Functioning Labels: A Lost Opportunity

“‘High functioning’ is used to deny support. ‘Low functioning’ is used to deny agency,” points out Autistic activist Ellen Murray. Research shows that in addition to being rather inaccurate in summarizing abilities and needs, stigmas surrounding functioning labels negatively affect the perspectives of many service providers. So why use them, especially when there are better alternatives? To knowingly talk about a person in a way that is both incorrect and harmful says many things about one’s attitude toward that person. None of those things are positive. Those who “walk the walk” of caring about the neurodivergent people in their lives do so, in part, by expanding their sentences to focus on barriers and accommodations rather than on overgeneralized “levels” of “functioning” or “severity.”

Per the social model of disability, an environment that is not compatible with a person’s needs creates an access barrier. We can use our opportunities to communicate more wisely, then, by sharing examples of situations in which environmental expectations can be expected to create barriers and accommodations to mitigate those barriers.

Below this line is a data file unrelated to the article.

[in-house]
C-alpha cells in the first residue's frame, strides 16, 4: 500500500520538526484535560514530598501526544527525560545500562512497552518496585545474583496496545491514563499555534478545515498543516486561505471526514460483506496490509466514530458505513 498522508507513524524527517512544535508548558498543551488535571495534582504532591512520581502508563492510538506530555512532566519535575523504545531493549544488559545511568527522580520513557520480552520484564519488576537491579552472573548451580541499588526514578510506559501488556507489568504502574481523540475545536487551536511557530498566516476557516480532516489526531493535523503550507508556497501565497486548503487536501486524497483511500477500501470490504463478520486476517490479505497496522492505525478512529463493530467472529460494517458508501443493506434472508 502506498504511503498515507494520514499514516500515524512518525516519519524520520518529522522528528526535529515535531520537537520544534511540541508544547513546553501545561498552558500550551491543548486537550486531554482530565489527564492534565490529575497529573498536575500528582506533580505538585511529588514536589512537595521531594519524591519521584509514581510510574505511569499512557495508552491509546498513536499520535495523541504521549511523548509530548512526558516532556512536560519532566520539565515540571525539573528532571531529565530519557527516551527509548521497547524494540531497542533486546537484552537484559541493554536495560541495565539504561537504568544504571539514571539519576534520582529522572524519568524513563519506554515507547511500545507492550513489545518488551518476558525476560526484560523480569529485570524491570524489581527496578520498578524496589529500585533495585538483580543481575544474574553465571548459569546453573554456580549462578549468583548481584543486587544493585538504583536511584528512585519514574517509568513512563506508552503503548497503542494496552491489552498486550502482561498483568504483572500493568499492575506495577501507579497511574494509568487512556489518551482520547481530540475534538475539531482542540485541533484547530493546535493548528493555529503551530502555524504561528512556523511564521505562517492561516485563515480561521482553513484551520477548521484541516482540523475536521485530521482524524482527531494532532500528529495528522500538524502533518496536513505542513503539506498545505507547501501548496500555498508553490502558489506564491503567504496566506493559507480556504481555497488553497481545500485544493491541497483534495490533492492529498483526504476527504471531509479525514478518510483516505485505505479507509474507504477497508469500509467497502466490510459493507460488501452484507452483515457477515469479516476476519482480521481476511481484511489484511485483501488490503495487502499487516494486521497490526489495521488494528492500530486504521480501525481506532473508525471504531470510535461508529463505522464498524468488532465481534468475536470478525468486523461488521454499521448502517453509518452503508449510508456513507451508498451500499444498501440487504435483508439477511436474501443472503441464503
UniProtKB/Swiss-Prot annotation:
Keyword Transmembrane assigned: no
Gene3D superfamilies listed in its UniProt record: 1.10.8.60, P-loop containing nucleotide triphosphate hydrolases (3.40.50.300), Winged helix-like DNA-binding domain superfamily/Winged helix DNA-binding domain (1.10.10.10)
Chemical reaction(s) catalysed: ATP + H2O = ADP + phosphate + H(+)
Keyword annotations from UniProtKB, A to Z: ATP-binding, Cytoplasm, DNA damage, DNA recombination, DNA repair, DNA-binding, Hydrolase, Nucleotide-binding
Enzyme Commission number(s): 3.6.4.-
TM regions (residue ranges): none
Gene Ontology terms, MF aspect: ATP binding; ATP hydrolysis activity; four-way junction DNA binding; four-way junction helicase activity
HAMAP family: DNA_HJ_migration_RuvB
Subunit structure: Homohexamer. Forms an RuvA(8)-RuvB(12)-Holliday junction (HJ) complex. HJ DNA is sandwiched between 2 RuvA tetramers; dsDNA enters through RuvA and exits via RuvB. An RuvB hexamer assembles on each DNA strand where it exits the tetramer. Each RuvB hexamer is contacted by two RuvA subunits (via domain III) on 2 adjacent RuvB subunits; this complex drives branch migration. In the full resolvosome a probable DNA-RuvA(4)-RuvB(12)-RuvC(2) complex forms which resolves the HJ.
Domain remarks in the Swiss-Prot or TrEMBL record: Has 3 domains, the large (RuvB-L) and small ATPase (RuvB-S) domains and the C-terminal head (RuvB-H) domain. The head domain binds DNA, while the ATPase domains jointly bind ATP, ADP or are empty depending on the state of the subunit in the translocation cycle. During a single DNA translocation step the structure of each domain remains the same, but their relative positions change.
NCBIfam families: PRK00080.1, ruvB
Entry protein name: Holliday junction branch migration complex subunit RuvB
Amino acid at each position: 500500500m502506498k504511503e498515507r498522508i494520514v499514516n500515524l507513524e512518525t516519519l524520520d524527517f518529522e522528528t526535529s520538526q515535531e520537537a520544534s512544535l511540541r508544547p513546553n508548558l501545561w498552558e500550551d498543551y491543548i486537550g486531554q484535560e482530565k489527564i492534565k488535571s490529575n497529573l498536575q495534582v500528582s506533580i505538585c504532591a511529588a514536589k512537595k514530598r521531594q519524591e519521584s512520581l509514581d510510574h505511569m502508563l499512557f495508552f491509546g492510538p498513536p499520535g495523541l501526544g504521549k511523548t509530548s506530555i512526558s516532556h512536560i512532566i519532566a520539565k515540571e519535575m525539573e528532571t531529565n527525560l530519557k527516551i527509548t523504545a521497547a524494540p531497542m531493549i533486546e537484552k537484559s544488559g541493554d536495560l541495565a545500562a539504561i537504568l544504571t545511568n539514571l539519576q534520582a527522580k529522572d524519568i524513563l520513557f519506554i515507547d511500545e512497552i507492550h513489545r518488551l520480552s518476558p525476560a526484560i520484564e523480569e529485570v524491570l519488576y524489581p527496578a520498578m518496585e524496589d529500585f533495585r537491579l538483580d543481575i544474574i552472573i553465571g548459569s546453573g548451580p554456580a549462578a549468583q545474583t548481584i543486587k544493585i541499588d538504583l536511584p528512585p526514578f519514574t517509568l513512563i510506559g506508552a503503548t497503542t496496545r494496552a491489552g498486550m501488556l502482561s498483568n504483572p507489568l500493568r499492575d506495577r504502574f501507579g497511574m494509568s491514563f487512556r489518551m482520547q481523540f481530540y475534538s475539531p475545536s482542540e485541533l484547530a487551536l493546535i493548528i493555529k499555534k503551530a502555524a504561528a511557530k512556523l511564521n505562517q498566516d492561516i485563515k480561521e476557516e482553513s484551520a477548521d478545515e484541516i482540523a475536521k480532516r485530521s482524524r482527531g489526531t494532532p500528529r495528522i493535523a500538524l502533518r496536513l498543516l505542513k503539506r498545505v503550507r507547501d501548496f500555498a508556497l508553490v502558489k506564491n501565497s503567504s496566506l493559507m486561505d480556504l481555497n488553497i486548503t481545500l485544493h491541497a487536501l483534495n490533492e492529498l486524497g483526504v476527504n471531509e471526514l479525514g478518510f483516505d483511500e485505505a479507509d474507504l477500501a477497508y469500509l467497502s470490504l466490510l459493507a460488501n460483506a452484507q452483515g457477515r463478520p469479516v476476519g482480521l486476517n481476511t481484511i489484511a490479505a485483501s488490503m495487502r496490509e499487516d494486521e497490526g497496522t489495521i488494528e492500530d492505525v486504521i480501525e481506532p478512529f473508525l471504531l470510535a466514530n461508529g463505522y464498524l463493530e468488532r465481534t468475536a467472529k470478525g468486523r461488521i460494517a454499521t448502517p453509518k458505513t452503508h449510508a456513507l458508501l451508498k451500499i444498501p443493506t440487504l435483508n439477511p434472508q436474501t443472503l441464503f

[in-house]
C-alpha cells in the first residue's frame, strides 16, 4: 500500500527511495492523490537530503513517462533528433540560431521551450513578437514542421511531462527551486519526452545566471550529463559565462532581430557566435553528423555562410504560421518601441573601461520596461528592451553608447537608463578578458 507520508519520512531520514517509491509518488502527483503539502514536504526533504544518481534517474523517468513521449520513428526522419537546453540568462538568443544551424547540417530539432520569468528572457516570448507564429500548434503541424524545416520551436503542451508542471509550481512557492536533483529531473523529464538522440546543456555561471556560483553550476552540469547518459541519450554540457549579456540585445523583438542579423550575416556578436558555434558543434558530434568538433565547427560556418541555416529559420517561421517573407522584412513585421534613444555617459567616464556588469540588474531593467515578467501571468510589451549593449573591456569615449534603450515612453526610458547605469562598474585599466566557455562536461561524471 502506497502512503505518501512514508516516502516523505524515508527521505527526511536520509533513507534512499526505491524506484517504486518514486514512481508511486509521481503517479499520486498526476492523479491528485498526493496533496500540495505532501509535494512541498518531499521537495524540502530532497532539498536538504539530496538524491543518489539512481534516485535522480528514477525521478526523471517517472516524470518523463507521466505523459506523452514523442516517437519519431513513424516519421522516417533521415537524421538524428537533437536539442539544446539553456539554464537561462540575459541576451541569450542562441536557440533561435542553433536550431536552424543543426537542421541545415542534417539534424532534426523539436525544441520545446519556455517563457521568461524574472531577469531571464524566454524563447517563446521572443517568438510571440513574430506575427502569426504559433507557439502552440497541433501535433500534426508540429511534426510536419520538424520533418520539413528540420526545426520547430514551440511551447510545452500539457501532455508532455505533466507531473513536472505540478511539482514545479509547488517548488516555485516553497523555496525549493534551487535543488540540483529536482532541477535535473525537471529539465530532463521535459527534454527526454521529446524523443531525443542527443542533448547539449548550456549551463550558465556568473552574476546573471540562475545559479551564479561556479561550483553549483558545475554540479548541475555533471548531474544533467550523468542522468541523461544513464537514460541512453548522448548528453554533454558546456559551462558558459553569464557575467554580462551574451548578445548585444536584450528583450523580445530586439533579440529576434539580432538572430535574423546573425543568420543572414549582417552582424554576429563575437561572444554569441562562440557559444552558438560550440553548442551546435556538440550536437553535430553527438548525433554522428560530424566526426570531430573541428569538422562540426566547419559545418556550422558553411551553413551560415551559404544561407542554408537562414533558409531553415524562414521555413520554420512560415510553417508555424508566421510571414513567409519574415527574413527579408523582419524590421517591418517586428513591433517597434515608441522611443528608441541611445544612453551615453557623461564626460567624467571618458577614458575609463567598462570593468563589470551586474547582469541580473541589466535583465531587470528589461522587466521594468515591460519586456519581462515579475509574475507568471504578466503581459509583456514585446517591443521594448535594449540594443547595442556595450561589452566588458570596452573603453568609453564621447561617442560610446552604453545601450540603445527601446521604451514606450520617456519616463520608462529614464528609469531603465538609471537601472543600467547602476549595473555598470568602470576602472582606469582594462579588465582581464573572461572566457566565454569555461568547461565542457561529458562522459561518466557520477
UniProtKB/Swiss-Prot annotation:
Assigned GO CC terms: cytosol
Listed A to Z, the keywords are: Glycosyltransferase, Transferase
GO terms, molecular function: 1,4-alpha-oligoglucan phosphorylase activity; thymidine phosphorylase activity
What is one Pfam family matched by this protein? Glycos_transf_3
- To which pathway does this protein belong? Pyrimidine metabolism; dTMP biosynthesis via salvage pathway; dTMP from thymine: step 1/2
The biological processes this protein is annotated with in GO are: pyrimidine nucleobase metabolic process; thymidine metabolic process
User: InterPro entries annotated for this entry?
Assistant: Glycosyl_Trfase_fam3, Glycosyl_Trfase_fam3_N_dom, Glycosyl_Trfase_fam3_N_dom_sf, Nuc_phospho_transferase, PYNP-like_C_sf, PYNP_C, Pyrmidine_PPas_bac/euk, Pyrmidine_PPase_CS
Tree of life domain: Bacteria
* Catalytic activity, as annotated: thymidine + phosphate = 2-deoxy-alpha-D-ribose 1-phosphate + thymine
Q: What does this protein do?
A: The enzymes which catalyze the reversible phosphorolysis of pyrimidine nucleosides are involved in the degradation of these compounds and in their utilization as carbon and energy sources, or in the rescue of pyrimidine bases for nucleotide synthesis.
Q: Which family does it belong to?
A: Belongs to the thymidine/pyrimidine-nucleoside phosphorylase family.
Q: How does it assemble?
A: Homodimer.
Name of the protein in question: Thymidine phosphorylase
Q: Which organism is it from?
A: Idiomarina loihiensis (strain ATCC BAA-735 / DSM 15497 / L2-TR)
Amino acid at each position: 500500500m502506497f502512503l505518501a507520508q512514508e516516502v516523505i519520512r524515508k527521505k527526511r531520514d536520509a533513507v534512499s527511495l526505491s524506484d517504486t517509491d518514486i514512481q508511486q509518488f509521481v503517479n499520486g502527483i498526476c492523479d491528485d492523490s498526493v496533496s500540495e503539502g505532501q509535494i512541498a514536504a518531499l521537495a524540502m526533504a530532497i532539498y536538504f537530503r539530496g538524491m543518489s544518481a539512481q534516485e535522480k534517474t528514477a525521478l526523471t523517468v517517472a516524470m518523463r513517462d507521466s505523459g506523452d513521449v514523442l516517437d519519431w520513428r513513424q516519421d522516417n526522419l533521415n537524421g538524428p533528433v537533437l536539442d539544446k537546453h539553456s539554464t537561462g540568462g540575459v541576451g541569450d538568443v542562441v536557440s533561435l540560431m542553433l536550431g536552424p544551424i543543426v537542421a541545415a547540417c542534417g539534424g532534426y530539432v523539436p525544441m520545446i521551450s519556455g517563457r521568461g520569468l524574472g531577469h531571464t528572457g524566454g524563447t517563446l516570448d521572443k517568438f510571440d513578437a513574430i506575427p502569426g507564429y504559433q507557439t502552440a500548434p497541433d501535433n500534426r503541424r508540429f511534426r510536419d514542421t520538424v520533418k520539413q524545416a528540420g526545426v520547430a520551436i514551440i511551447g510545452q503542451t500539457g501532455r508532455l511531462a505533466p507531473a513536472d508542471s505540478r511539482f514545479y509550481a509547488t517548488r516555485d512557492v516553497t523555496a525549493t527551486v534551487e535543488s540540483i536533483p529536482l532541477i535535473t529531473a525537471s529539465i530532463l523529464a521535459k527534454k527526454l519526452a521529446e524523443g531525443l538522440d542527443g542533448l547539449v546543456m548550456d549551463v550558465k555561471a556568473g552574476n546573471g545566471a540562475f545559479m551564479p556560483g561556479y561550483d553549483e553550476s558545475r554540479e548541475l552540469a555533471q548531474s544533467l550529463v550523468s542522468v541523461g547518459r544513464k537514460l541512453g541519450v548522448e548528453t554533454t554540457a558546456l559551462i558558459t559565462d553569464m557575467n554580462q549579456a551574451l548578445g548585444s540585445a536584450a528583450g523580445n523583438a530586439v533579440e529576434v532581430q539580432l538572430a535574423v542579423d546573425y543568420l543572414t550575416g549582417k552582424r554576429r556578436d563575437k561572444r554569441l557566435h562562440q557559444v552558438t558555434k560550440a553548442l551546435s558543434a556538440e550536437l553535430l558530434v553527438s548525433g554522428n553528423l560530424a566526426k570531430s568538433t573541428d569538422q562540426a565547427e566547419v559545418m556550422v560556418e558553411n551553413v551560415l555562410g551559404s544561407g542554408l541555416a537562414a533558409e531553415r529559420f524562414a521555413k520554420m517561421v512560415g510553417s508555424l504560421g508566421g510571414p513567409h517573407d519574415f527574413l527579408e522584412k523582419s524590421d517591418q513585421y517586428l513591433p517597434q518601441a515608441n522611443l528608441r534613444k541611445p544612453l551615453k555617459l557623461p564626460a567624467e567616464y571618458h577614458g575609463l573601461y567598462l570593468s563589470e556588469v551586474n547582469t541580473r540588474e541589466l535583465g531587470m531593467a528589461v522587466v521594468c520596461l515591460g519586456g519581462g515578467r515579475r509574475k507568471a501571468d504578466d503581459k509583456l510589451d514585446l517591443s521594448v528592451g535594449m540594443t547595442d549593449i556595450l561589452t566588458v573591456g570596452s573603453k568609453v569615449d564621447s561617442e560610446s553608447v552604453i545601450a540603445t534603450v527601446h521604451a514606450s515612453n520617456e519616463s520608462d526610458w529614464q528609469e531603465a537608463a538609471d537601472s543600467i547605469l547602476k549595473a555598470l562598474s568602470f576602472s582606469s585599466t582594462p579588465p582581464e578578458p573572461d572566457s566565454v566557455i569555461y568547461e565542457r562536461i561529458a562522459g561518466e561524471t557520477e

For example, a person might communicate with an AAC when meeting new people. Doing so may provide additional time and support for organizing thoughts, and the use of the AAC gives people a visual reference that the person is working on a response, preventing them from wondering whether they need to get the person’s attention or repeat their question if an answer does not come right away. As such, this accommodation serves to support executive functioning and communication while also mitigating other’s attitudinal biases that could negatively impact the interaction.

Providing other examples of situations that might be overwhelming or otherwise difficult to navigate, in tandem with information about accommodations that might counteract these barriers, is crucial for putting the onus on the environment to be accessible rather than on individual people to deal with a world that has not been set up for them. It also provides opportunities to make the world more accessible. When we reject functioning labels and move in the direction of environmental barriers and support needs, we make room for a shift of this sort. Our communication about people and their needs should be used to describe systemic barriers and accommodations to improve accessibility unless we, too, wish to run the risk of denying support and agency.